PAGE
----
2 April 2020

Today’s NaPoWriMo prompt was inspired by James Schuyler and involves using concrete details to write about one particular place. I really like poems that rely on specific nouns and cultural references. “Homage to Sharon Stone” by Lynn Emanuel is one of my favorite examples of this type of writing. I am so curious to read the poems that emerged from this prompt. If you have written one, please share!

My poem for the day attempts to address a different prompt, created by the teenage daughter of one of my best friends and favorite writing partners. T (her daughter) actually gave us this assignment on Monday, and I just finished it, which suggests I may not be the ideal candidate for homeschooling. In my defense, I initially found the assignment to be slightly off-putting since it required us to write a piece that must include the words ooze, palpable, chicken. I immediately came up with the phrase “the palpable ooze of chicken” and then required a palate cleanser of immense proportions. Thanks, Elisa Gabbert for introducing me to negronis in 2009. I would not have survived this assignment without them. If reading about T’s prompt has put a bad taste in your mouth, you might also need a negroni. Don’t know the recipe? Watch this video of Geoffrey Zakarian making one during his self-quarantine.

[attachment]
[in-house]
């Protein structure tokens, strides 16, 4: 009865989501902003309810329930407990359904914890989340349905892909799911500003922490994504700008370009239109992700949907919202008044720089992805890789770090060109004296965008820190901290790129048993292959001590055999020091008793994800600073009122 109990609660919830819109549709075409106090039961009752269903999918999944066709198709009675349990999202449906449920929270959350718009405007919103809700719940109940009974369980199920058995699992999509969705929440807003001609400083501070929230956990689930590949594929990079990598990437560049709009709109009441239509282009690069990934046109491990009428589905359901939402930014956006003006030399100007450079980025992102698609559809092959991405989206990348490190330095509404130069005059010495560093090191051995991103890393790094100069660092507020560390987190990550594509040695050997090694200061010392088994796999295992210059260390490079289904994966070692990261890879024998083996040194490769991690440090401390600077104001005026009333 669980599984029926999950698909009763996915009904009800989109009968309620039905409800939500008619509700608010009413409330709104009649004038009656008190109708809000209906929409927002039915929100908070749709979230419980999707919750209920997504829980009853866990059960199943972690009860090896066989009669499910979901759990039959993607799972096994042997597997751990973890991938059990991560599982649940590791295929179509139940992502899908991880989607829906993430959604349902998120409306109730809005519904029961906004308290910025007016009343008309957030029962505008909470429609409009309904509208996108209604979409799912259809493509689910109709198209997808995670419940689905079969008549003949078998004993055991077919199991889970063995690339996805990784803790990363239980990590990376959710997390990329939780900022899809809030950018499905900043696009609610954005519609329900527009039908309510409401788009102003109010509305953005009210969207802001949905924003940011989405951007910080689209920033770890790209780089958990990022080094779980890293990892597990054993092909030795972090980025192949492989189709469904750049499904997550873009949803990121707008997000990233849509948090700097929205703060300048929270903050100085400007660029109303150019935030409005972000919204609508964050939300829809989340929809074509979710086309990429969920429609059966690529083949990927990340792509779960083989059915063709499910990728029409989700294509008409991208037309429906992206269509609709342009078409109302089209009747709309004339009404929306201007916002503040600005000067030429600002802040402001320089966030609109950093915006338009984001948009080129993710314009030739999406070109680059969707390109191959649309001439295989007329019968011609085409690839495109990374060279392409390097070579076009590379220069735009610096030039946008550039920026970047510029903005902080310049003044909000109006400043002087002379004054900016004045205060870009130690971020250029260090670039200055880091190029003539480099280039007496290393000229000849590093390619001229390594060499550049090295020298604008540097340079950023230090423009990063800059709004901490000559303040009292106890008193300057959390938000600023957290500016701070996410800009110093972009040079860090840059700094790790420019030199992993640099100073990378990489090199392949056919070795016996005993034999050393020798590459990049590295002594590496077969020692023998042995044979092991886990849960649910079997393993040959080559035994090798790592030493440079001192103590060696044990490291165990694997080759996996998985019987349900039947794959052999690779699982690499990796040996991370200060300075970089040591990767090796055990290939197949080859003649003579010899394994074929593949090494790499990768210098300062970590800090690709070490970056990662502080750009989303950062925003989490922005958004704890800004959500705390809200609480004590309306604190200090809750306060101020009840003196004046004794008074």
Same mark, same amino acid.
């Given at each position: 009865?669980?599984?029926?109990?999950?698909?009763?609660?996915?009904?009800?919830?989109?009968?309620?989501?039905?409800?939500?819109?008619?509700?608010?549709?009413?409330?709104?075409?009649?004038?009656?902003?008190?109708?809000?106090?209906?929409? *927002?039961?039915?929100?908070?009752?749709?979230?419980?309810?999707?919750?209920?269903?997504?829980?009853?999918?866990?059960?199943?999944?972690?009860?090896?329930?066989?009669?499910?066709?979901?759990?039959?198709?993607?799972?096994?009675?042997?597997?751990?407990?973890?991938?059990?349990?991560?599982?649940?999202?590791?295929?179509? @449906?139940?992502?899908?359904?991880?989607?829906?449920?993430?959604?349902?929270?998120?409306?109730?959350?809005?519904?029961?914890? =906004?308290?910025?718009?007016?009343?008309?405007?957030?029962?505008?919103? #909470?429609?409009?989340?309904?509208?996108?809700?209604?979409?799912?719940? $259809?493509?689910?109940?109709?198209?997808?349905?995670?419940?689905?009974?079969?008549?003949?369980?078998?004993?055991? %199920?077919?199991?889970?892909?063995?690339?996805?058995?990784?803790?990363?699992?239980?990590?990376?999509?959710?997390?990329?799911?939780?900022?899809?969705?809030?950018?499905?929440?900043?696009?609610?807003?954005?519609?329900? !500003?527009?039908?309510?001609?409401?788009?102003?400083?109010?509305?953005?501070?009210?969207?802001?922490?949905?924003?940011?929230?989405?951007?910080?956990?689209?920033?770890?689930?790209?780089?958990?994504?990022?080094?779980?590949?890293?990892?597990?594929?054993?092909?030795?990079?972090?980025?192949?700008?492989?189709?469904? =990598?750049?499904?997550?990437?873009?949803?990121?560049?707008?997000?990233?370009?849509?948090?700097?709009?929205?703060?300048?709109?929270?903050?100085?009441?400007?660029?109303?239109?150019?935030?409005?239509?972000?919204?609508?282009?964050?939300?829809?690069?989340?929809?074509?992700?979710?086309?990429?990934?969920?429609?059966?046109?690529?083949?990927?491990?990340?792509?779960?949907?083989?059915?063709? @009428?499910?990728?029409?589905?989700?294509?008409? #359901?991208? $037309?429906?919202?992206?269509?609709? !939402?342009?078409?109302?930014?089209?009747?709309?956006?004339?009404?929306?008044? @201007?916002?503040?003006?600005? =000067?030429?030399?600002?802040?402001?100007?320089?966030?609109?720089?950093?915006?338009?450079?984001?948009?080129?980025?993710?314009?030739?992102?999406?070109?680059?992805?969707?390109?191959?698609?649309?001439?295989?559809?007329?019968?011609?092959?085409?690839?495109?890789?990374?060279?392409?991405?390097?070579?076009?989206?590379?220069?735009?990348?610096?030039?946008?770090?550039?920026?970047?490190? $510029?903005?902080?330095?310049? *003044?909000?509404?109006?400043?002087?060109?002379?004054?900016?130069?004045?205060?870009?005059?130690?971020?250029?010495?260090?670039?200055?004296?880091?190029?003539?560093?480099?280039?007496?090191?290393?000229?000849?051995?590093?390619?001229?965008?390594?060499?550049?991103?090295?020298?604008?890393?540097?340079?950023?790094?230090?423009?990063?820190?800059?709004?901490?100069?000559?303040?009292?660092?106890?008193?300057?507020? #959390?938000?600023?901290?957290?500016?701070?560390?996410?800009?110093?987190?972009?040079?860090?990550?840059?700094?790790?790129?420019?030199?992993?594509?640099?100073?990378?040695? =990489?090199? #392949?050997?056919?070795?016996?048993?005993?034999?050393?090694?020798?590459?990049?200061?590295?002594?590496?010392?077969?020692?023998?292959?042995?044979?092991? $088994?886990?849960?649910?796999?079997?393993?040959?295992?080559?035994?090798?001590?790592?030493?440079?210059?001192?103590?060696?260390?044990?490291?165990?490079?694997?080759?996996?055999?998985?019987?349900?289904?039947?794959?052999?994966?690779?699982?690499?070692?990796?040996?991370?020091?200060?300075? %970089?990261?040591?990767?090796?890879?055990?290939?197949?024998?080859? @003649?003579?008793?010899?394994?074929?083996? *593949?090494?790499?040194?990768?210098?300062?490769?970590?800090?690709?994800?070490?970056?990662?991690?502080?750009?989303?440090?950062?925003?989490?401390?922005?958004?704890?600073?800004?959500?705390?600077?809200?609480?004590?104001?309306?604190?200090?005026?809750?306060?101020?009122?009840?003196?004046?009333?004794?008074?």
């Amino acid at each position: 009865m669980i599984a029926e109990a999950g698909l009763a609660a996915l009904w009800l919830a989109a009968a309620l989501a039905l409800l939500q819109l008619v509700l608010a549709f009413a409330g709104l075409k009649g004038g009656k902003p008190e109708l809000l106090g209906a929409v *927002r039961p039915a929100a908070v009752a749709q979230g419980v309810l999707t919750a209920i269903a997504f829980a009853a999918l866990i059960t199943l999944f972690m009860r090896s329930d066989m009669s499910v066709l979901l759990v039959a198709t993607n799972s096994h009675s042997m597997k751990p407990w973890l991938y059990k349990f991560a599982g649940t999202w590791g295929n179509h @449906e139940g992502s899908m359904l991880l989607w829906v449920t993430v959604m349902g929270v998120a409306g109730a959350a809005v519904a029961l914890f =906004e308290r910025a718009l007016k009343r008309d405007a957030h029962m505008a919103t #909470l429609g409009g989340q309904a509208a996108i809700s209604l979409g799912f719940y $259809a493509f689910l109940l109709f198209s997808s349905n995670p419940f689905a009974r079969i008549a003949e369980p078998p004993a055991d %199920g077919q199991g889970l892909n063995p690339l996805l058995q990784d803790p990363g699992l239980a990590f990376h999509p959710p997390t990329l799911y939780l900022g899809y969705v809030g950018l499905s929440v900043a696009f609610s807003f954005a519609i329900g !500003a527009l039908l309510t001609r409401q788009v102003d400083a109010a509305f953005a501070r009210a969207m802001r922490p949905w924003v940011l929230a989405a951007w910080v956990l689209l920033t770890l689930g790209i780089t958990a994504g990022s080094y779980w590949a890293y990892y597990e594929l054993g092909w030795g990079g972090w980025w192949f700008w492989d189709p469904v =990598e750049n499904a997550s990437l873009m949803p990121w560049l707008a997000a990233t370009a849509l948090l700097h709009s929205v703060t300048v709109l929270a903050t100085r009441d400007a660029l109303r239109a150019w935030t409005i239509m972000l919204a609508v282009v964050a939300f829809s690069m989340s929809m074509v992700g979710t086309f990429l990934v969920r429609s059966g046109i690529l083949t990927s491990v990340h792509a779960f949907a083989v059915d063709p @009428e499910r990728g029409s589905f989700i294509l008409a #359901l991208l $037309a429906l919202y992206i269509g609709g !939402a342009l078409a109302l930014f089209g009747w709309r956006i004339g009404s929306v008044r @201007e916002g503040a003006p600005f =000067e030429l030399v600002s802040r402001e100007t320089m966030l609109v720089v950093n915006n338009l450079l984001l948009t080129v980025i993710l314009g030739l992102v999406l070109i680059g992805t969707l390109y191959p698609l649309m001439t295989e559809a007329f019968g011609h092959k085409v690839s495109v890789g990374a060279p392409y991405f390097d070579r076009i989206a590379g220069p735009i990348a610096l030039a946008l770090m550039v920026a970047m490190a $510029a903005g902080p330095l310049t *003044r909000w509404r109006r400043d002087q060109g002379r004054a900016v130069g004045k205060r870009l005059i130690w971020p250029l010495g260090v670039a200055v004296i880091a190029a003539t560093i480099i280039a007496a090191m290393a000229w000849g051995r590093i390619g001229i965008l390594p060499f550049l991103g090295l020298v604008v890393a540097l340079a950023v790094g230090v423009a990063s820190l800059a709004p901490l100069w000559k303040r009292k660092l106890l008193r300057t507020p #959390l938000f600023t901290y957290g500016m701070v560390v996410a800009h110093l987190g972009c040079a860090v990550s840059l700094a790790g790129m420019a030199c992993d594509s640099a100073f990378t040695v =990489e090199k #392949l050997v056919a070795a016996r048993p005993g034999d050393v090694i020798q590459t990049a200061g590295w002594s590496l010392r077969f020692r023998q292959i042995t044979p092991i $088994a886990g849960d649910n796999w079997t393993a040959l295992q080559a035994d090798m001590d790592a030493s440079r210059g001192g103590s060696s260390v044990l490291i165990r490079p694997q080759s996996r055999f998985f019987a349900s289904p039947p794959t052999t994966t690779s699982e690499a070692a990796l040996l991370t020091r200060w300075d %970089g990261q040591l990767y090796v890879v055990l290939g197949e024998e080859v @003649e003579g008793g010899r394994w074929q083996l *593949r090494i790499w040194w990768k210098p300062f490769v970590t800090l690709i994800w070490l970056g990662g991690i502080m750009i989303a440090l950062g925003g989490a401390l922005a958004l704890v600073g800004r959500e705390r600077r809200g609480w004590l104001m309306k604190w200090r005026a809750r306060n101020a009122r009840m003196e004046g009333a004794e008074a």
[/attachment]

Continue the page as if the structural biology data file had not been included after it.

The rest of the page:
Anyway, I accepted this writing assignment from T and then, for no good reason, decided to make it more difficult by using her required words in a cento. If you know me in real life, then you already know how much I seem to enjoy complicating an already complicated task. Make it harder, that’s what I always say (to myself and literally no one else). I had planned to inventory my fridge and pantry this afternoon so I could make a meal plan and limit our outside interactions to one local grocery shop every ten days, but instead I spent about four hours reading poems on the Poetry Foundation website. A search for the word chicken returned 317 poems, in case you were wondering. But I also had to do a separate search for poems containing the word palpable (197 results). Fortunately, the word ooze just turned up organically, as it does.

Like an erasure, a cento requires you to use source texts, and I have listed the ones I used to write “Shell, Cage, Bone” at the end of the post. (A lot of them use the word chicken in the title, a fact that may surprise only myself. Before today, my knowledge of poems that contain the word chicken consisted of “The Red Wheelbarrow” and nothing else.) I encourage you read these poems; a cento is designed to introduce you to the work of many different writers.

In addition, if you live or are quarantined with children and teens, I encourage you to encourage them to 1) participate in National/Global Poetry Writing Month or 2) write a cento of their own. The second option should occupy them for 1 to 5 hours!

You can read my “ooze, palpable, chicken” cento below. I hope T likes it. She has already given us a new assignment, so I am behind on my homework again (required words: emphasis, sunflower, scissors). Why am I doing homework assigned by other people’s children? Is this going to become a trend? What madness has social distancing wrought?

2April2020_Chickens

Source texts (in order used):

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